The plot to save the few civilians hiding inside a police station is not always convincing. The film, which overall takes its material seriously, seems to disintegrate into cliche with the triad of the Joe Rincon, his son Hector, and Nantz. Joe dies after picking up a fallen soldier’s weapon to defend the group against an alien soldier. Hector then bonds with Nantz. However, Nantz’s elaborate speeches to Hector (as well as his confrontation with Corporal Jason Lockett) derails the otherwise real feel for the film. Furthermore, these male relationships Hector-Nantz and Nantz-Lockett, sidelines the female characters in the film. TSgt. Elena Santos is the strongest female presence in the story, but I believe this derives from her Air Force role that increases the importance of the otherwise male-only platoon’s mission. Michelle (the veterinarian), Kirsten, and Amy (I believe these were the other rescued civilians’ names) appear to be McGuffins rather than actual characters. We see them scream and cry occasionally, but they give the soldiers a reason to be where they are and they heighten the drama when the group is under attack. Michelle, a veterinarian, helps Nantz with the alien dissection, but it is mostly through commentary rather than physical help–Nantz seems to treat the dissection as a fact-finding cathartic experience that really doesn’t serve to help the soldiers since they are engaged in skirmishes, usually at a distance, with machine guns rather than sniper rifles.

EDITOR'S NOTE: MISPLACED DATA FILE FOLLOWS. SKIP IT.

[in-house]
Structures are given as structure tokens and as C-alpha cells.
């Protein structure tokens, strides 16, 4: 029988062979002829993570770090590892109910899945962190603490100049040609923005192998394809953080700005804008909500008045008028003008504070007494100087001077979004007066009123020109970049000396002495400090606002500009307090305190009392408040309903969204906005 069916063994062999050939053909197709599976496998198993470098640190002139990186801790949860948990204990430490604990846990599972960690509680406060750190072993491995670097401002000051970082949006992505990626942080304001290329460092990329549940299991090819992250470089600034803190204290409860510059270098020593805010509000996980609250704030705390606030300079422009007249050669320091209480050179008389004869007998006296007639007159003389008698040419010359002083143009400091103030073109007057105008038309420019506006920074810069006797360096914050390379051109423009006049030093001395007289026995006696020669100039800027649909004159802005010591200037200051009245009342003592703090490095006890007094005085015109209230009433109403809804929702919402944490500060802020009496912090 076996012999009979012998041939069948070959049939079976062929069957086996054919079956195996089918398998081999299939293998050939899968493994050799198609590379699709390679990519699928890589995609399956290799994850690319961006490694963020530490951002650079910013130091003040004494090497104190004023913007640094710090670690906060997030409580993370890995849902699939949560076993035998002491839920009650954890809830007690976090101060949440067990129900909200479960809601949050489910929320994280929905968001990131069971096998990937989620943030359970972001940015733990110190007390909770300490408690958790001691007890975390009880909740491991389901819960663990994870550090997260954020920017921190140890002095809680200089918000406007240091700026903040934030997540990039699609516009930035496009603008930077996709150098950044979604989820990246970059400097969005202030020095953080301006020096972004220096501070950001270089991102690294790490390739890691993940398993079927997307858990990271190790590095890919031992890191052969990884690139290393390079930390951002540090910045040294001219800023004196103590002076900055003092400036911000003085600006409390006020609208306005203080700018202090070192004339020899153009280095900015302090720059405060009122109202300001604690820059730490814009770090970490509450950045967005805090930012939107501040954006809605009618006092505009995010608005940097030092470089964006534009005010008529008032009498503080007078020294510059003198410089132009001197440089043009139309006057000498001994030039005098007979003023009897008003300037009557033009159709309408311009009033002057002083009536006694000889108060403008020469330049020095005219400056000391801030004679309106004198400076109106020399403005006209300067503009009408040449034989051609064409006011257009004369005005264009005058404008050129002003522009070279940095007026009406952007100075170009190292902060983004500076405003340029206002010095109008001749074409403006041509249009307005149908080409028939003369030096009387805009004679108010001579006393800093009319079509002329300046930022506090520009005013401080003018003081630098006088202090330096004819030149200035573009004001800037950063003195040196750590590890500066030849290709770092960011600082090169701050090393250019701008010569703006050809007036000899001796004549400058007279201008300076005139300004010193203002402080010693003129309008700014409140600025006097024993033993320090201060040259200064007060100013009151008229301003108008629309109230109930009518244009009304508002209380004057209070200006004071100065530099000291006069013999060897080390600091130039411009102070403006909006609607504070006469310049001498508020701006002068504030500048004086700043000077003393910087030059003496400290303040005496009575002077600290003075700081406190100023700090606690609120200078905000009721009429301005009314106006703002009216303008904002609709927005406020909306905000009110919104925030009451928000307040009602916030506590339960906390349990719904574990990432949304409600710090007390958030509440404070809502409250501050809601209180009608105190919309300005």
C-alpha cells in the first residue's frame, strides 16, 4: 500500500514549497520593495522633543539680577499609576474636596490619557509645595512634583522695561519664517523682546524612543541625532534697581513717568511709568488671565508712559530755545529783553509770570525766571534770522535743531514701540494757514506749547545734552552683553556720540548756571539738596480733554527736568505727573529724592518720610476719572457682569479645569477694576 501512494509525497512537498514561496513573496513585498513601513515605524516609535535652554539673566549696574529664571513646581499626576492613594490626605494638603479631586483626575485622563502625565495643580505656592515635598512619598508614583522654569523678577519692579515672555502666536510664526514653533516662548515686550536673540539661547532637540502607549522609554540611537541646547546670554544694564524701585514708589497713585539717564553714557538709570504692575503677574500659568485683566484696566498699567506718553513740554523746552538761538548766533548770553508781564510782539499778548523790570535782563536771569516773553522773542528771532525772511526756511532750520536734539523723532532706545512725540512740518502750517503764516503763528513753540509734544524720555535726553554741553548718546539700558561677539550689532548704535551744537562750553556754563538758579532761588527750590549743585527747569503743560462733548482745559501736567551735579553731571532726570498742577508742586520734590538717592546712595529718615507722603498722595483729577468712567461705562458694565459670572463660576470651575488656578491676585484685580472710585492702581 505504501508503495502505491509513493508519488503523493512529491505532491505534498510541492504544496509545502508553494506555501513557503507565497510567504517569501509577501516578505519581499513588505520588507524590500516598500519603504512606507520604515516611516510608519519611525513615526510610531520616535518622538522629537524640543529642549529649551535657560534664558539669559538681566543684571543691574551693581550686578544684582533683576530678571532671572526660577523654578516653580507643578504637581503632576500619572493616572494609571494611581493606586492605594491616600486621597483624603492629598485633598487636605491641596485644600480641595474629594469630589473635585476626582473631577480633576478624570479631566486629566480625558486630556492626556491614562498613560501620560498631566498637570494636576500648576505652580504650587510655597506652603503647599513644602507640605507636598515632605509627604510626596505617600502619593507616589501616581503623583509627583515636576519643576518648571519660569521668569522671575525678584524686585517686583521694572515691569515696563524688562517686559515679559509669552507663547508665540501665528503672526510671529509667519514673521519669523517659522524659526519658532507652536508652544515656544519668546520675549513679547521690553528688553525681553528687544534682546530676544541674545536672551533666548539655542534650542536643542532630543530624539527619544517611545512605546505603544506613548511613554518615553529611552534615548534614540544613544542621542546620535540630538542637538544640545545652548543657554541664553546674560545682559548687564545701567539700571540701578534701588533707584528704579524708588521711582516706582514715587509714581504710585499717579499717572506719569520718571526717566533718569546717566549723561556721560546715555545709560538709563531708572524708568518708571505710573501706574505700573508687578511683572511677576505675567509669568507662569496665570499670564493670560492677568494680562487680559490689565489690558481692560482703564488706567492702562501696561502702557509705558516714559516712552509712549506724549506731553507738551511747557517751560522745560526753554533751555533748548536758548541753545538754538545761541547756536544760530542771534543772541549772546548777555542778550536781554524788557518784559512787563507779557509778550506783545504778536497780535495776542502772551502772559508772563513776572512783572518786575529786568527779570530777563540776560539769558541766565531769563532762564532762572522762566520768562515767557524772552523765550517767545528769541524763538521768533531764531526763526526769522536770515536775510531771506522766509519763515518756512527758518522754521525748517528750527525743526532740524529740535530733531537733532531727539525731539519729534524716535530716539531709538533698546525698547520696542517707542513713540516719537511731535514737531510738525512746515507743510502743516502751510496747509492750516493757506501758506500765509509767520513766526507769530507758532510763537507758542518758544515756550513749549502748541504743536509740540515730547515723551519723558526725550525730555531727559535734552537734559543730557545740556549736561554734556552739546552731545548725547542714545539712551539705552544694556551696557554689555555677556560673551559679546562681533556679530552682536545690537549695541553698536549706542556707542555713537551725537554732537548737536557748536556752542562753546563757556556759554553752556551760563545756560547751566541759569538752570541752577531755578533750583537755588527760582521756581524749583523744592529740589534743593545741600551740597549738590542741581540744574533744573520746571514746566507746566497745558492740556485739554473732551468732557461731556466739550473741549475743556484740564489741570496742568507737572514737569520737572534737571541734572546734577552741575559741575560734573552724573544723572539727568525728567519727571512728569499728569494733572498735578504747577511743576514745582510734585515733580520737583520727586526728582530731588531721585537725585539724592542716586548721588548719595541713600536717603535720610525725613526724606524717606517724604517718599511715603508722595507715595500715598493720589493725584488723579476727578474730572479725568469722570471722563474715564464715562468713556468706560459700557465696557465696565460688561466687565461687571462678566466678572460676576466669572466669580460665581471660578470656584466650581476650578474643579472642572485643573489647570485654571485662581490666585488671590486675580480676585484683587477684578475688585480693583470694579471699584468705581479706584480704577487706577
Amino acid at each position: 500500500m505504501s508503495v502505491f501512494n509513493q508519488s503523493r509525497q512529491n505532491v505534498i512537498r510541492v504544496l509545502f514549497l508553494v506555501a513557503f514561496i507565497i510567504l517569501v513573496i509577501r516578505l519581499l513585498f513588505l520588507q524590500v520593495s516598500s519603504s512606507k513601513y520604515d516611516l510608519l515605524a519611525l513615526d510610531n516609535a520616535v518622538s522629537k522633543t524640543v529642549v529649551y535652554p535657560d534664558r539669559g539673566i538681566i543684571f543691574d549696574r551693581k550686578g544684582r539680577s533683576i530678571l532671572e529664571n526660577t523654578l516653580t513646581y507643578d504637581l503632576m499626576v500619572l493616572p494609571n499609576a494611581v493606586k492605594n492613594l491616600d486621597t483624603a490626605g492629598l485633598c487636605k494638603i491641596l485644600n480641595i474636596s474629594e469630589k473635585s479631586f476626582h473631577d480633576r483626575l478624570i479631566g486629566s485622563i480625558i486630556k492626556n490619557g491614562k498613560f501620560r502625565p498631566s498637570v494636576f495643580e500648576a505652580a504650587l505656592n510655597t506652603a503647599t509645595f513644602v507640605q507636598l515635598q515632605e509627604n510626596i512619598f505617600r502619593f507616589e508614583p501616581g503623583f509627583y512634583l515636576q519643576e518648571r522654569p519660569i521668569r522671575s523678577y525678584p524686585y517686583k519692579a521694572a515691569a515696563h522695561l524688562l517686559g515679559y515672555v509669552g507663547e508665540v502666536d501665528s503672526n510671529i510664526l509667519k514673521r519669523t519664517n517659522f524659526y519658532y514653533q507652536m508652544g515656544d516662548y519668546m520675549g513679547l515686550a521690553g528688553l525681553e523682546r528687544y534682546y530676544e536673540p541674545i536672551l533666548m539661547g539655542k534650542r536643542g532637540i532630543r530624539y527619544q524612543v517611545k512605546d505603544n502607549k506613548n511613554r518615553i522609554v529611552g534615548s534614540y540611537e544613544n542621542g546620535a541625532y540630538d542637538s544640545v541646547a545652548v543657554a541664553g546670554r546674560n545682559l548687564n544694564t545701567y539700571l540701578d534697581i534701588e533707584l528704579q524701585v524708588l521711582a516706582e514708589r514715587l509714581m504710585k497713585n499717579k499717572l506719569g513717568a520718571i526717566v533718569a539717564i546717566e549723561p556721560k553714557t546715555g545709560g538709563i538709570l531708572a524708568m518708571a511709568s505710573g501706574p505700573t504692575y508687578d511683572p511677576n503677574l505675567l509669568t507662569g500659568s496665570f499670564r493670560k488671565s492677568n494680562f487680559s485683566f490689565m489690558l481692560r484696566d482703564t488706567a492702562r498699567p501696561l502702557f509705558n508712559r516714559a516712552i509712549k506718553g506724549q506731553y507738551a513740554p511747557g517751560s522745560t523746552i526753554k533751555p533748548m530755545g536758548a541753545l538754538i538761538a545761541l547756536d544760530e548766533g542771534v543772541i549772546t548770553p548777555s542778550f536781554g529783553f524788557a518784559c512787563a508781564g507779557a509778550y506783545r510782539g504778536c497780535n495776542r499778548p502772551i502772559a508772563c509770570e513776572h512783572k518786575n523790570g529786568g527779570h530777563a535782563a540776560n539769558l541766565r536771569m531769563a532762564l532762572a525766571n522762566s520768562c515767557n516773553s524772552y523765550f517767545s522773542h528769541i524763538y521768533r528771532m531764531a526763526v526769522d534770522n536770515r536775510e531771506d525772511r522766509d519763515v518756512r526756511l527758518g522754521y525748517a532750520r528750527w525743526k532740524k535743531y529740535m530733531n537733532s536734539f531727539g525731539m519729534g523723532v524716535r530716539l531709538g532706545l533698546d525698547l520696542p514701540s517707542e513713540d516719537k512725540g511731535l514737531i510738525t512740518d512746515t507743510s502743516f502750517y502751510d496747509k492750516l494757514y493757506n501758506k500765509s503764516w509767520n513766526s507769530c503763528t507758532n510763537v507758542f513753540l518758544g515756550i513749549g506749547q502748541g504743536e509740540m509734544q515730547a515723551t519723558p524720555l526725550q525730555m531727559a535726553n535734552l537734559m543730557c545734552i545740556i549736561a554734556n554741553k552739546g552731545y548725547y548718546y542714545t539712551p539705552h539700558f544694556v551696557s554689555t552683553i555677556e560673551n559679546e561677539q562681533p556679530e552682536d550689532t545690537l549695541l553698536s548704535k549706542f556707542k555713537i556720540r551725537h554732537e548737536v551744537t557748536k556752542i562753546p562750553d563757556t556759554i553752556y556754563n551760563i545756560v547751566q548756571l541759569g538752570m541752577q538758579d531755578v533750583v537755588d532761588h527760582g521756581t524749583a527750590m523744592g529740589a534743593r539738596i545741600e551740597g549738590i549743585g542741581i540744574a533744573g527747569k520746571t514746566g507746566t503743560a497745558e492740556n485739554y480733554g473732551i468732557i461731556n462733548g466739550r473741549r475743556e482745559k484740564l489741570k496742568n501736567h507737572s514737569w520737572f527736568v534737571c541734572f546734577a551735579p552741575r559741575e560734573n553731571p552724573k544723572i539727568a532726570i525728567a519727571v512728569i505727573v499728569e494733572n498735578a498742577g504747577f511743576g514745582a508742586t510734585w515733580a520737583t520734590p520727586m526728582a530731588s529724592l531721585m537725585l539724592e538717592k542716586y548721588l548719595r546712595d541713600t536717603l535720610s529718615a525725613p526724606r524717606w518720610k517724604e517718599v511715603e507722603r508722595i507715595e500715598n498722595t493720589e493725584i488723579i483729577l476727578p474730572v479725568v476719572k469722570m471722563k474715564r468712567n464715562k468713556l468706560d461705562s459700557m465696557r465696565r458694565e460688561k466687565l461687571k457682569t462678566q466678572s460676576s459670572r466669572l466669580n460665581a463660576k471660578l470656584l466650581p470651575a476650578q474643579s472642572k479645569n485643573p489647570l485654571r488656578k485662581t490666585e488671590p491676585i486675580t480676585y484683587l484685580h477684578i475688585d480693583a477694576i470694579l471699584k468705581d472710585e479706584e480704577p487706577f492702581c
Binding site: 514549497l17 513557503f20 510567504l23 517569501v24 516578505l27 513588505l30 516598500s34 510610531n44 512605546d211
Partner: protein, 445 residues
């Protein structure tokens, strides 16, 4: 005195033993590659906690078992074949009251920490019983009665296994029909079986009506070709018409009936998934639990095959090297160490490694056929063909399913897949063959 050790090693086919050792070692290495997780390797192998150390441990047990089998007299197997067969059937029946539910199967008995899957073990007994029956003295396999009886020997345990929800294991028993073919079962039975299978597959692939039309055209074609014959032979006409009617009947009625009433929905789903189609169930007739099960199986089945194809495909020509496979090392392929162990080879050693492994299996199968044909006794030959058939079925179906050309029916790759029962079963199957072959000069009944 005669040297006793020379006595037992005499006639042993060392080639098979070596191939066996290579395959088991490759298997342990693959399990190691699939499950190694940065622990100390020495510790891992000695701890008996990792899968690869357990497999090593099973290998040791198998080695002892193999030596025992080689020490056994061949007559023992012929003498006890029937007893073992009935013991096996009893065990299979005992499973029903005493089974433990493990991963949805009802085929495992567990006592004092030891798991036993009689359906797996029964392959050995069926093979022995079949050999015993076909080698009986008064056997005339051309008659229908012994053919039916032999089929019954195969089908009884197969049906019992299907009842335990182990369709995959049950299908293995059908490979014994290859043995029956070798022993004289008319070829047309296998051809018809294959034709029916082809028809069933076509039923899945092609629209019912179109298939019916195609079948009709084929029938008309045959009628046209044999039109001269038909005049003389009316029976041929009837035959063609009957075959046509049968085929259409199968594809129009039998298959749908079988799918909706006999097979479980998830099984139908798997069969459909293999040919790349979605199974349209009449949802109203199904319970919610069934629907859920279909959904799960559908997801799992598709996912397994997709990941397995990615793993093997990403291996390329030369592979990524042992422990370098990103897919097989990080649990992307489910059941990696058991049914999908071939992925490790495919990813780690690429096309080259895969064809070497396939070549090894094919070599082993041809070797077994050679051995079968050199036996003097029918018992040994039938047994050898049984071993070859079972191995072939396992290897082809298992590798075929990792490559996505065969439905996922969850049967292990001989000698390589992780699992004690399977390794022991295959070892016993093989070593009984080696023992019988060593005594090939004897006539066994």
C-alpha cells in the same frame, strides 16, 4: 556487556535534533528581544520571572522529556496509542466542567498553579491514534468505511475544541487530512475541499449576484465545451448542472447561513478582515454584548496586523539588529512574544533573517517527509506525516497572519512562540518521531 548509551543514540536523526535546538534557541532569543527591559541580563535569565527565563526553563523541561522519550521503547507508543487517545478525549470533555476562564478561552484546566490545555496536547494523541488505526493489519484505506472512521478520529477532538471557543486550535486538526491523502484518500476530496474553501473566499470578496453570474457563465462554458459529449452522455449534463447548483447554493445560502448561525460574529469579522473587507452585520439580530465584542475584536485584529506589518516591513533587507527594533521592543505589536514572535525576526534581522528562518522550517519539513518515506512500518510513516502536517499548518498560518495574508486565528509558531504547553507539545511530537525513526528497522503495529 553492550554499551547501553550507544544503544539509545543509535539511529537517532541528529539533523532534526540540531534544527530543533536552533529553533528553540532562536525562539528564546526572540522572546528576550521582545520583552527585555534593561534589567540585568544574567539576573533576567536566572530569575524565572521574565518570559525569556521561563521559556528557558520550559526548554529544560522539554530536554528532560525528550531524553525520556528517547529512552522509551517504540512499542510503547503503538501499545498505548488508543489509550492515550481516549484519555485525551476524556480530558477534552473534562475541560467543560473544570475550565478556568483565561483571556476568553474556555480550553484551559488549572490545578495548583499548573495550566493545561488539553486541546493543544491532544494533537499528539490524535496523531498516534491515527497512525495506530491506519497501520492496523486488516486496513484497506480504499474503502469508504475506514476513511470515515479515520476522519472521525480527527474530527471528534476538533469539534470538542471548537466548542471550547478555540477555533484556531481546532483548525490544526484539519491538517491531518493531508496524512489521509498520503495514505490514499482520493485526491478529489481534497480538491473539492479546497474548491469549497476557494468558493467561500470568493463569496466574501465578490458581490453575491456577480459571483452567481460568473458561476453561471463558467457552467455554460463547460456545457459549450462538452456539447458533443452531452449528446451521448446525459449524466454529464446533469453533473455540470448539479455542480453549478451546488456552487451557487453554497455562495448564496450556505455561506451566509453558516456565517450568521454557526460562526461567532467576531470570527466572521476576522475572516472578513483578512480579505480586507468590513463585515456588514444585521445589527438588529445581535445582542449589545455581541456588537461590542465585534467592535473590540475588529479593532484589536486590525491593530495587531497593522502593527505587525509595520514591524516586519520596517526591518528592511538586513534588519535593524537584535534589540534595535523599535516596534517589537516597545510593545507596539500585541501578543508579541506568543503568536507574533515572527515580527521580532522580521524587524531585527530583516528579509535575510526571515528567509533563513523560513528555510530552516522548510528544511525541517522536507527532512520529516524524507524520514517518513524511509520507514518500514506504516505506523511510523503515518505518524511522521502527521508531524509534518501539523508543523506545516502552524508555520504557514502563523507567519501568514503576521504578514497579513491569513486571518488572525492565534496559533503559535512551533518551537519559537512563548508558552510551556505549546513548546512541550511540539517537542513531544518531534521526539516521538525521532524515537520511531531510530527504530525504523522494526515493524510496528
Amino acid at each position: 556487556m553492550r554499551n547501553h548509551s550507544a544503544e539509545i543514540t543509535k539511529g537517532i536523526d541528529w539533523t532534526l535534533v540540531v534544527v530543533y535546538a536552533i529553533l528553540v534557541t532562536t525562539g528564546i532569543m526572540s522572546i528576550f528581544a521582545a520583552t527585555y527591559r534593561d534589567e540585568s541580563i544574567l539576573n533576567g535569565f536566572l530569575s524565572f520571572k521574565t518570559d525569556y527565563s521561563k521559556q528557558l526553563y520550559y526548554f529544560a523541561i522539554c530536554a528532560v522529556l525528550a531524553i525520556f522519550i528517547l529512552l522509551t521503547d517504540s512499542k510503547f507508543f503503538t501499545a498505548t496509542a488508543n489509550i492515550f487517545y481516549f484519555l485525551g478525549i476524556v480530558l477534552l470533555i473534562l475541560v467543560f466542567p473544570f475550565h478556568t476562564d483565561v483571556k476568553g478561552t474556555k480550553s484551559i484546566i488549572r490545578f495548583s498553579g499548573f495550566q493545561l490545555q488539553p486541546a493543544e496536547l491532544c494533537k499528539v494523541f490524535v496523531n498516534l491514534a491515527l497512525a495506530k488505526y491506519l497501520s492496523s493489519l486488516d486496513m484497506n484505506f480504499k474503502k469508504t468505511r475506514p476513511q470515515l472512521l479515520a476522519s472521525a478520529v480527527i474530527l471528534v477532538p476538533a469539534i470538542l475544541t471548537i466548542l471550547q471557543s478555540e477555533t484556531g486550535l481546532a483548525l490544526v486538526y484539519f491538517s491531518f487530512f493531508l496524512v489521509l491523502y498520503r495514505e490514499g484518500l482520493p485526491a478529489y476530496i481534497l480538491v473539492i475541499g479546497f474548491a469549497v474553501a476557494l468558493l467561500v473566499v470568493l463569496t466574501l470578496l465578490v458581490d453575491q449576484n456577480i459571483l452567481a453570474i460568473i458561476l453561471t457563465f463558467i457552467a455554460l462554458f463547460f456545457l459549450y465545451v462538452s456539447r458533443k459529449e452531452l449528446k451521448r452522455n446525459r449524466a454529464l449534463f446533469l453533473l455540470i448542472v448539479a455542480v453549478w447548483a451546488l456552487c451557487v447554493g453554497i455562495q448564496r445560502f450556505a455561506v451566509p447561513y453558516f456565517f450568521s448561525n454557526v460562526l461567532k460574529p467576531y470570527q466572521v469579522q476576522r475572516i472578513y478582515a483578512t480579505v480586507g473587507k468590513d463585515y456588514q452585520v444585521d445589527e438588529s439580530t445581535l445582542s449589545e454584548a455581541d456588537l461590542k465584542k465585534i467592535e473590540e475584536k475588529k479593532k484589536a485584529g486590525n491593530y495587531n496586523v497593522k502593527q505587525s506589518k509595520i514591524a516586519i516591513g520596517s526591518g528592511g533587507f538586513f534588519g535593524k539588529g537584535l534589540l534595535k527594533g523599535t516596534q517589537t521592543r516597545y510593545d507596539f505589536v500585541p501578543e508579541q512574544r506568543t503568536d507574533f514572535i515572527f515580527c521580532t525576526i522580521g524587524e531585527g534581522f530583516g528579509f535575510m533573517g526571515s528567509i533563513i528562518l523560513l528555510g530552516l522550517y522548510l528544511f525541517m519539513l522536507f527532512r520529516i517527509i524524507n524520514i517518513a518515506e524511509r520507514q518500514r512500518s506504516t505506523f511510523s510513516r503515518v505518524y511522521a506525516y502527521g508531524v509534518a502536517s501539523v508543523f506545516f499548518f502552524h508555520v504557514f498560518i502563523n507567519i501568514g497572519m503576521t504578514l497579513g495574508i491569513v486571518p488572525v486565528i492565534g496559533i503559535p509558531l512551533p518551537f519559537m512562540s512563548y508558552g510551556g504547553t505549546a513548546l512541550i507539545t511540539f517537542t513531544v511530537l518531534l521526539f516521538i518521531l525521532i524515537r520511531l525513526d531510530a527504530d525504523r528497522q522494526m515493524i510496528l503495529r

The film’s emphasis on water as a precious, natural resource is probably its most redeeming quality. Unless you think about water rights or have seen documentaries such as Water Wars, I believe the fundamental importance of the public controlling water rights is a largely overlooked issue. Perhaps the narrative could be read as corporations are otherworldly aliens seeking to colonize the world’s natural resources, and this invasion is taking place around the world.
From my own experience in rural Southeast Georgia, companies are given rights to pump vast amounts of water out of the ground for chemical processing and pulp processing. These actions have lowered the water table to the point that some natural artesian wells have gone dry and private water pumps (this is how most folks get their water outside of the limited city limits of Brunswick) need to be installed at lower depths to maintain access to water. Amazingly, Brunswick is right next to the Atlantic Ocean, but access to potable water is increasingly slipping away. The commoditization of water through privatization of public water works and water bottling companies is another concern.
If the film can be read in this way, as a challenge to a nation’s citizens’ rights to water, I do find it hopeful that the Marines are the ones who save us all. The Marines are a part of the United States military controlled by the public will via our representational government. We can maintain our rights of access to our natural resources by electing people to our government who respect the citizen over the corporation. In the developing era of globalization and transnational capital, citizens must take back our government to support our needs over that of corporate greed.